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Which if statement is faster, with the following conditions. It seems the short-circuit will compile into more instructions then the non-short-circuit.

bool force = false;
bool _isLoadingActual = true;
bool _isLoadingLoadCore = true;

int a = 0, b = 0;

if (force | !(_isLoadingActual | _isLoadingLoadCore))
{
    a = 1;
}

if (force || !(_isLoadingActual || _isLoadingLoadCore))
{
    b = 1;
}
share|improve this question

closed as too localized by Kirk Broadhurst, JohnnyHK, Jim O'Neil, Daniel Hilgarth, Mario Sannum Feb 21 '13 at 8:08

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9  
Why don't you just test it? – Evan Trimboli Feb 21 '13 at 2:54
1  
@EvanTrimboli, Because I have a question and that is what stackoverflow.com is all about. – AMissico Feb 21 '13 at 2:55
2  
@AMissico If you ran the code you wouldn't have any questions. – Hunter McMillen Feb 21 '13 at 2:56
3  
@AMissico by measuring the time to do it 1000s of times. – kenny Feb 21 '13 at 3:02
2  
@AMissico The spirit of StackOverflow is not to do things you can't be bothered doing, it's about finding solutions to problems you can't find yourself. – TheEvilPenguin Feb 21 '13 at 3:28

Here's the fastest solution

a = 0;
b = 0;

Since you already know the boolean variables value.

No seriously.. The 2nd one is probably faster because it can short-circuit, that is if you did not hard code the first boolean to false! Otherwise, short circuiting seems like it must be faster.

share|improve this answer
    
If I'm not mistaken, a & b will equal 0... – Alastair Pitts Feb 21 '13 at 3:04
    
Yeah, my mistake, I realized the if-statements evaluate to false, but I mixed up the value he assigned.. sorta beside the point... but thanks I need to fix that – Alan Feb 21 '13 at 3:10
    
hehe, no probs. I thought I was going crazy for a second – Alastair Pitts Feb 21 '13 at 3:14

I think the faster is the second code.

if (force || !(_isLoadingActual || _isLoadingLoadCore))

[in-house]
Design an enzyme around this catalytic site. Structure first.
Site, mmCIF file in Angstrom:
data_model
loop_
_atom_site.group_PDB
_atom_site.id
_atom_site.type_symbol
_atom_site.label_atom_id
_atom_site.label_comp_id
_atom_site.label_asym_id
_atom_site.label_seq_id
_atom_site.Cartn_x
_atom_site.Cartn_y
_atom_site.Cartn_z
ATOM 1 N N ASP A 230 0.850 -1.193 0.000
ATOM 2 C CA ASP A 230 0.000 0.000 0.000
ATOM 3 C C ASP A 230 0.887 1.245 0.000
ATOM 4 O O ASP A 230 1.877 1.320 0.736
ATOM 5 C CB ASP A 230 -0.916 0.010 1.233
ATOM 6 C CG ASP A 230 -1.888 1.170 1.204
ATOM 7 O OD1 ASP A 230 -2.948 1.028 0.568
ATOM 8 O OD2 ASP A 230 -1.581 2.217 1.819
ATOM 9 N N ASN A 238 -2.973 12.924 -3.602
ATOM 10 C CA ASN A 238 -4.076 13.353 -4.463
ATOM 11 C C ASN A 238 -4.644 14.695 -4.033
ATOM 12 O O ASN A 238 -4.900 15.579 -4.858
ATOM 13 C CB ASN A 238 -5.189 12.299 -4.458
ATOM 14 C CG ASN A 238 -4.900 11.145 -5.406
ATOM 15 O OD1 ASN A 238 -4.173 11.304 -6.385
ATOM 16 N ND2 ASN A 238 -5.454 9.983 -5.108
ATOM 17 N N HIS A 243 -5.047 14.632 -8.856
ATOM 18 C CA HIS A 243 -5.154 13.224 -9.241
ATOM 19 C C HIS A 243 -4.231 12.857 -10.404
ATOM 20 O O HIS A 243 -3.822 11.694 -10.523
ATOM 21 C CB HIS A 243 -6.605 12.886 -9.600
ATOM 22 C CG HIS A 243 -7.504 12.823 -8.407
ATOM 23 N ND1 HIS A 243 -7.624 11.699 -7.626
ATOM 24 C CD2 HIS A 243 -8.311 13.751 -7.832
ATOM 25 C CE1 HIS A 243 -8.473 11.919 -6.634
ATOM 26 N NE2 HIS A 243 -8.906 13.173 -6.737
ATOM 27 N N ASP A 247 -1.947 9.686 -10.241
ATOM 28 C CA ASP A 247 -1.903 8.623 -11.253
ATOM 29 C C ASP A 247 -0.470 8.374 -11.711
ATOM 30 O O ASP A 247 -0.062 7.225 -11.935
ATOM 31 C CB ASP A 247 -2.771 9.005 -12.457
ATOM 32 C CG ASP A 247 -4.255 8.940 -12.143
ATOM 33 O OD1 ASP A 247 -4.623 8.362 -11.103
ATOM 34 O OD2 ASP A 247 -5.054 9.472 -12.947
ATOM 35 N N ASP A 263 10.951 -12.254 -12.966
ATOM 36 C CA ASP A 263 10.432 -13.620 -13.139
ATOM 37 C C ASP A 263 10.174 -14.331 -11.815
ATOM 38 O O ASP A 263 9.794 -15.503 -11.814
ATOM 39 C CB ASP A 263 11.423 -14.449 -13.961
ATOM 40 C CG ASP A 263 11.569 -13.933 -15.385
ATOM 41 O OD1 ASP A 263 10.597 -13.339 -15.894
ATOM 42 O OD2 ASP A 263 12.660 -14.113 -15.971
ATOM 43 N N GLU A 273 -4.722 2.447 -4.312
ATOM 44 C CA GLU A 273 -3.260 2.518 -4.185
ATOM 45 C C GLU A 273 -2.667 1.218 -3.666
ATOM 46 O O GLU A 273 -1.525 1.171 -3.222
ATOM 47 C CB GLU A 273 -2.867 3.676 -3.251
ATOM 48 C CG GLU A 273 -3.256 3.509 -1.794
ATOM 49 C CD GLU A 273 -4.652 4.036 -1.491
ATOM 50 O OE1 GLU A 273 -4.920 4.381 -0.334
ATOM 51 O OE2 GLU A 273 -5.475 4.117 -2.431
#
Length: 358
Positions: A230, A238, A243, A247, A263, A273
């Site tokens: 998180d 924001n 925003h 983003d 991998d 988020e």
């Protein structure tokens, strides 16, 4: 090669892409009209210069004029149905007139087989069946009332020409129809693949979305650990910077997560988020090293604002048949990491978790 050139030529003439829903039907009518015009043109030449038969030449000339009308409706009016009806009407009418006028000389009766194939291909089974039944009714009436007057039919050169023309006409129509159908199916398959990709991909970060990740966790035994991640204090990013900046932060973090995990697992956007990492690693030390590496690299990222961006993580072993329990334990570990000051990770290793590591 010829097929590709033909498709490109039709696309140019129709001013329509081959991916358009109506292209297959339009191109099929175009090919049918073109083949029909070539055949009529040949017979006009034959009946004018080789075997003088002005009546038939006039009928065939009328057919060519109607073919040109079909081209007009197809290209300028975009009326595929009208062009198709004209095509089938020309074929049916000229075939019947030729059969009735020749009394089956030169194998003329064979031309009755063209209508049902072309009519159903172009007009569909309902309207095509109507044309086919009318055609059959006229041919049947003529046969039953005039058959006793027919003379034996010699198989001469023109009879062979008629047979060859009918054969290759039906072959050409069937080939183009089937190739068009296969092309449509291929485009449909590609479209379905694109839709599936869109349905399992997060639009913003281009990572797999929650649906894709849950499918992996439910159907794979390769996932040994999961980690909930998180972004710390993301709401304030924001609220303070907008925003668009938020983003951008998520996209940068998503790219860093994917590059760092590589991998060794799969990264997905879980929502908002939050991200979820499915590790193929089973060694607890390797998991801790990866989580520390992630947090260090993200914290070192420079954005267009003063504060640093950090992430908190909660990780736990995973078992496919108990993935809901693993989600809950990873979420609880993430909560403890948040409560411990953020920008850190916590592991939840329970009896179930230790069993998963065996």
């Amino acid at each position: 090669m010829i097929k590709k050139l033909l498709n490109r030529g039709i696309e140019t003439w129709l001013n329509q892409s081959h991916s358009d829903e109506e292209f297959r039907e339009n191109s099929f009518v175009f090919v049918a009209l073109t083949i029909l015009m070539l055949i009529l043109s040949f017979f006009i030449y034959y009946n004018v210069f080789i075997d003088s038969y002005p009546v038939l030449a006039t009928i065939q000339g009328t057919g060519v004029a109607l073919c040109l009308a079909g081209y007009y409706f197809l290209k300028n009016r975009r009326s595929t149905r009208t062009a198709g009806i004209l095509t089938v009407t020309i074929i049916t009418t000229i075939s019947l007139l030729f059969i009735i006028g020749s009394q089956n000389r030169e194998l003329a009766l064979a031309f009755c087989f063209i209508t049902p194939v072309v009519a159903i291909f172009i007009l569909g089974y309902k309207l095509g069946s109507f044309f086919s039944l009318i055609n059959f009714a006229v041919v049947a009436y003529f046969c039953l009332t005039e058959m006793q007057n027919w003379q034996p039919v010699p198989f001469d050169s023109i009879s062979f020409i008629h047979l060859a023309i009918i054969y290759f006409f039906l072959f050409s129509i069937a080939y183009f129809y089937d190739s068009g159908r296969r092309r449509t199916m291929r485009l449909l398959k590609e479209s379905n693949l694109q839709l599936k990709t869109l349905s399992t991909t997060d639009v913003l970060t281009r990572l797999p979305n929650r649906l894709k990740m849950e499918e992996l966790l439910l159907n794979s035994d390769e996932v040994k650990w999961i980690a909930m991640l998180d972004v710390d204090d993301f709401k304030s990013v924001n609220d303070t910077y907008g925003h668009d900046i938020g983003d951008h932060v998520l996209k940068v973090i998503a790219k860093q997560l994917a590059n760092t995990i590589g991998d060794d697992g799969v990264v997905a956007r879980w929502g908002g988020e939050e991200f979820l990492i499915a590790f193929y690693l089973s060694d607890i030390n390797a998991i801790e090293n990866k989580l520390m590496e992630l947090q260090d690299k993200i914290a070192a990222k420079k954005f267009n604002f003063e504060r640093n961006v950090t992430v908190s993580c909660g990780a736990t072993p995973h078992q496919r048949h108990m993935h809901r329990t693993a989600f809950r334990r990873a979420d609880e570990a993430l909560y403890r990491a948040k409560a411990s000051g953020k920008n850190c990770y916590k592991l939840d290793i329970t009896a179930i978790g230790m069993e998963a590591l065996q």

{
    b = 1;
}

Because it's a Short circuit evaluation.

In above code, if force is true then the rest condition (!(_isLoadingActual || _isLoadingLoadCore)) not need to be checked.

share|improve this answer
1  
What about the conditional if, the compiler would have to generate for the short-circuit? – AMissico Feb 21 '13 at 3:01
    
See this answer for more info on "branch mis-prediction". Bottom line: If all three of those operands are already boolean values (and not methods that return booleans), the short circuiting evaluation is slower, because there are multiple branches (if(force) {} else { if (...) ...). – Daniel Hilgarth Feb 21 '13 at 7:47

Assuming your question is "which one of the | or || does short circuit":

  • || does short circuit - || Operator (C# Reference)

    If the first operand evaluates to false, the second operator determines whether the OR expression as a whole evaluates to true or false.

  • | does not short circuit - | Operator (C# Reference)

    For bool operands, | computes the logical OR of its operands; that is, the result is false if and only if both its operands are false.

So in pure theoretical sense code with || would be faster, also most likely you will not be able to measure impact of the difference in real code.

Note that two statements are not equivalent if computation of operands have side effects (not your case as you have bool variables already).

share|improve this answer
    
>>Assuming your question is "which one of the | or || does short circuit": << No. I have the bitwise operator on purpose. It seems performing the bitwise operation then the conditional would be faster than performing all the conditionals. – AMissico Feb 21 '13 at 3:09
3  
When used on two bools, | is not a bitwise operator, it's a non-short circuting boolean operator. – TheEvilPenguin Feb 21 '13 at 3:14
1  
@AMissico, there is no "bitwise or" defined for bool type in C# - check the link (also I've inlined main part) - it is not "bitwise OR" for bool, but rather "non-short-curcuit OR". – Alexei Levenkov Feb 21 '13 at 3:15
    
Isn't logical OR the same as bitwise for boolean values? – AMissico Feb 21 '13 at 3:19
1  
@AMissico, to the extent yes - assuming single bit values. But since it is not explicitly defined as "bitwise" compiler/JIT are free to use the same code as regular "OR" if find necessary. So the only real difference between your 2 statements is if second "OR" need to evaluate right argument for result. – Alexei Levenkov Feb 21 '13 at 3:25

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